But proposals for a permanent NATO combat presence in eastern Europe were blocked by Germany and some other alliance members. Instead, NATO intensified exercises, rotating troops through the region and set up a command headquarters for a rapid reaction force in north-west Poland.

Sources close to the government in Poland, and other states in the region, said that response persuaded them they could not fully rely on NATO, and that their best bet in the event of an attack was that the U.S. military would come to their aid.

At a NATO summit in Wales last year, agreement was reached on “pre-positioning” military equipment in eastern Europe, but the Pentagon's plan appeared to go further and faster than measures envisaged by the alliance.

The initiative could force some former Warsaw Pact countries now in NATO to make uncomfortable choices.

Bulgaria and Hungary both say they are committed members of the alliance, but they have maintained close cultural and commercial ties to Moscow, and may not want to jeopardize those links by storing U.S. military equipment on their soil.

Rosen Plevneliev, the Bulgarian President, said it was too early to say if his country would join the Pentagon's initiative.

“At the current moment there is no proposal whatsoever to the Bulgarian government upon which we can start discussions,” he said.

Auschwitz survivors urge a troubled Europe not to forget

Auschwitz's last survivors urged the world not to forget the horror of the Holocaust 70 years after the Nazi death camp was liberated in the final throes of World War Two, an anniversary that finds Europe again confronted by intolerance.

European Jews warn of a growing under-current of anti-Semitism, fuelled by anger at Israeli policy in the Middle East and social tensions over immigration, inequality and increasing economic hardship under austerity policies that have contributed to a rise of far-right political movements in Europe.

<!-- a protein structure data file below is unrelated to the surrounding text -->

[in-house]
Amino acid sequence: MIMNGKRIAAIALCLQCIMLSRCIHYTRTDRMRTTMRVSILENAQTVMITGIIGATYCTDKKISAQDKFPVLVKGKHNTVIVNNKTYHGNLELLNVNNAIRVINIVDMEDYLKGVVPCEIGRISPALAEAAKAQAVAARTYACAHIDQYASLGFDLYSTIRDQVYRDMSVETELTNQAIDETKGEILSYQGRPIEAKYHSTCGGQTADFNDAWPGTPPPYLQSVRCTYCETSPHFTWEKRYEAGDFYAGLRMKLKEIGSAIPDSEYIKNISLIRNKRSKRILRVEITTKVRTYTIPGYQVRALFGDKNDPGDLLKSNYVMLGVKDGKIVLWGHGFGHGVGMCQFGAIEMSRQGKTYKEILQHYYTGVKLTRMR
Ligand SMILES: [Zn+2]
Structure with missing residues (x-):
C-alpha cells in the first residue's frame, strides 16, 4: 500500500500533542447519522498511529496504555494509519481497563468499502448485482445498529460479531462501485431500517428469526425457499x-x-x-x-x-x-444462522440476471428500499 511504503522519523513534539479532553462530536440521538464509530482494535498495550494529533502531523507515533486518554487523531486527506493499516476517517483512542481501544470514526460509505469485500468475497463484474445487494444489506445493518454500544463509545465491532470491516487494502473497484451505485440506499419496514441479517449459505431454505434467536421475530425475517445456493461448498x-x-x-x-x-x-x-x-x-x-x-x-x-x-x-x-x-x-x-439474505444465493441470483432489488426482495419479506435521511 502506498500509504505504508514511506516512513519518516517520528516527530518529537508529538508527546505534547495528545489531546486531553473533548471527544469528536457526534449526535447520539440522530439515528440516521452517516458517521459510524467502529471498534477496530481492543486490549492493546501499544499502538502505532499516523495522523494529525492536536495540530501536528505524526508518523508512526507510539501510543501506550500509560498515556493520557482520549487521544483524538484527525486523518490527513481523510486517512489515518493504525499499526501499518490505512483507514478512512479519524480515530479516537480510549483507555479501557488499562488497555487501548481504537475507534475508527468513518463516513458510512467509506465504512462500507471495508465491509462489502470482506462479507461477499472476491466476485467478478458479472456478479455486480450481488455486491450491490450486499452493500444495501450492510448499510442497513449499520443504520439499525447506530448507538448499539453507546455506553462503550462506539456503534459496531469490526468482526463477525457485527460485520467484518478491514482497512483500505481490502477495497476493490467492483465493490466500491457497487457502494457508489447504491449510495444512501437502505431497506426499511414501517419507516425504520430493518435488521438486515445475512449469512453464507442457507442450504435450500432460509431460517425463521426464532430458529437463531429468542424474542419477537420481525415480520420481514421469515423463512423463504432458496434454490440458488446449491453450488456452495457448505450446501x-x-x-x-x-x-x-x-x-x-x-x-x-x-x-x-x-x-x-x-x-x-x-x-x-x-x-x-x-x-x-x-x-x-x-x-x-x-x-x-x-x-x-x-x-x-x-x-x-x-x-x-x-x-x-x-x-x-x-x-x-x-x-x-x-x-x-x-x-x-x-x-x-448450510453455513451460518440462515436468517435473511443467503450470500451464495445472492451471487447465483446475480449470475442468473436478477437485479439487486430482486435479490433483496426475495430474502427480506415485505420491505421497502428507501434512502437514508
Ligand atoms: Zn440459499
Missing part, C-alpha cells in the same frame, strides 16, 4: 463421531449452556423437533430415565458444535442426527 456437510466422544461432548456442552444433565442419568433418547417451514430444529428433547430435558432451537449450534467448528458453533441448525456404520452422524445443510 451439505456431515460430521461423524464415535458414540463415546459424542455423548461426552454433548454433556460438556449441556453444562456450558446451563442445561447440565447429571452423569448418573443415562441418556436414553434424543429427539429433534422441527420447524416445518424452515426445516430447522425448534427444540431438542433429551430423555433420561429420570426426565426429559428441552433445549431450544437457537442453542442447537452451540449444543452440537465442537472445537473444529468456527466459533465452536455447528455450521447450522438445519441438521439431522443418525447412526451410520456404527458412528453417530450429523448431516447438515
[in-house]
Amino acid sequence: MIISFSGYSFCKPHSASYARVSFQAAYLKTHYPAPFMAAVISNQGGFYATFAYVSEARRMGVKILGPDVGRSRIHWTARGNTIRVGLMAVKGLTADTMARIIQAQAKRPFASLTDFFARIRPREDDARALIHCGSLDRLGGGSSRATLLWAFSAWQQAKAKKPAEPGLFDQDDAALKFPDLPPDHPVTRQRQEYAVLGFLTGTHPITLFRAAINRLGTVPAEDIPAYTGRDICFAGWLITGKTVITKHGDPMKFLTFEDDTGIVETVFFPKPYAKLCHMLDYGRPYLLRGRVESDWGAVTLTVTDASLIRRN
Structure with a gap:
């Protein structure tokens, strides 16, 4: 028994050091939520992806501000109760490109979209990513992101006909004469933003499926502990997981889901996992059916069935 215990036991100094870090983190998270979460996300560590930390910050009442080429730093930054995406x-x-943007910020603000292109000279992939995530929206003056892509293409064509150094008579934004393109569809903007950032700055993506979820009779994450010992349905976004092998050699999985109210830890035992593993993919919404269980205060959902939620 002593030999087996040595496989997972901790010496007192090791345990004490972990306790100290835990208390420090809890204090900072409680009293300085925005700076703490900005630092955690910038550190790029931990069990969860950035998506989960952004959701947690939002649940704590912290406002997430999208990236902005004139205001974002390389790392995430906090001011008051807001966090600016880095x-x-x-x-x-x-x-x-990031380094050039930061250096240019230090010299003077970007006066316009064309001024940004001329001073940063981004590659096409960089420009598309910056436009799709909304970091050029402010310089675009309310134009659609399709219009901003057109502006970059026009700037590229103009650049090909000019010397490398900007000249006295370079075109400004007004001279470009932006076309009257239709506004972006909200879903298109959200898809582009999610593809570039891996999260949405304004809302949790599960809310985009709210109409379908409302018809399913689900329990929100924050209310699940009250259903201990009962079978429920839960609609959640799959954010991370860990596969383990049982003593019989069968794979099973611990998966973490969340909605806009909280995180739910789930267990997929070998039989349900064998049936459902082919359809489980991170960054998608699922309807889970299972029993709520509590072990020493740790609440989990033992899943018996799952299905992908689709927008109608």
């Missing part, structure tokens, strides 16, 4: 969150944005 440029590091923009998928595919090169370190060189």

With deep snow blanketing the Polish countryside, some 300 aging survivors and a host of world leaders gathered on Tuesday under a tent at the brickwork entrance to the Auschwitz II-Birkenau camp, the railway tracks that bore more than a million European Jews to their deaths illuminated in gold.

“Seventy years later, the daily cruelty is still etched in my mind,” former prisoner Roman Kent told the gathering.

The commemoration marked perhaps the last major anniversary that survivors of Auschwitz, the youngest of them in their 70s, will be able to attend in notable numbers.

It was held in the shadow of war in neighbouring Ukraine, a spate of assaults on Jews in Europe and a recrudescence of open anti-Semitism even as memories of the Holocaust fade with the passing of those who lived through it.

“To remember is not enough; deeds are crucial,” said Kent. “It is our mutual obligation – the survivors and world leaders – to install an understanding of what happens when prejudice and hatred are allowed to flourish.”

A string quartet played the work of Szymon Laks, a Polish Jewish composer who led the prisoners' orchestra of Auschwitz-Birkenau and managed to survive the war. David Wisnia, an 88-year-old survivor of Auschwitz, sang a funeral prayer of the Ashkenazi Jews, moving some of those present to tears.

Seated among them were the heads of state of Germany, France and other nations. France's Francois Hollande made the trip less than three weeks after 17 people, four of them Jews, were killed in Paris by Islamist gunmen in attacks on the Charlie Hebdo satirical weekly newspaper and a kosher supermarket.

Speaking earlier in the day at the Paris Shoah memorial, Hollande addressed France's 550,000-strong Jewish community:

“You, French people of the Jewish faith, your place is here, in your home. France is your country.”


Around 1.5 million people, mainly European Jews, were gassed, shot, hanged and burned at the Nazi German death camp in southern Poland, before the Soviet Red Army entered its gates in the winter of 1945 during its decisive advance on Berlin.

Auschwitz has become probably the most poignant symbol of a Holocaust that claimed six million Jewish lives across Europe.

Chancellor Angela Merkel said Germans had an everlasting responsibility to fight all forms of anti-Semitism and racism. “We've got to expose those who promote prejudices and conjure up bogeymen, the old ones as well as the new,” Merkel said on the eve of the anniversary, in apparent reference to the right-wing grassroots PEGIDA movement in Germany.

The camp's victims included, among others, Roma, homosexuals and all shades of political opposition to the Nazis.

Notable for his absence was Russian President Vladimir Putin, whose support of pro-Russian separatist rebels in Ukraine has helped drive Western-Russian relations to their lowest ebb since the Cold War ended 25 years ago.

Poland has been one of the most vociferous critics of Russia's March 2014 annexation of Ukraine's Crimean peninsula and its support for Russian-speaking rebels in eastern Ukraine.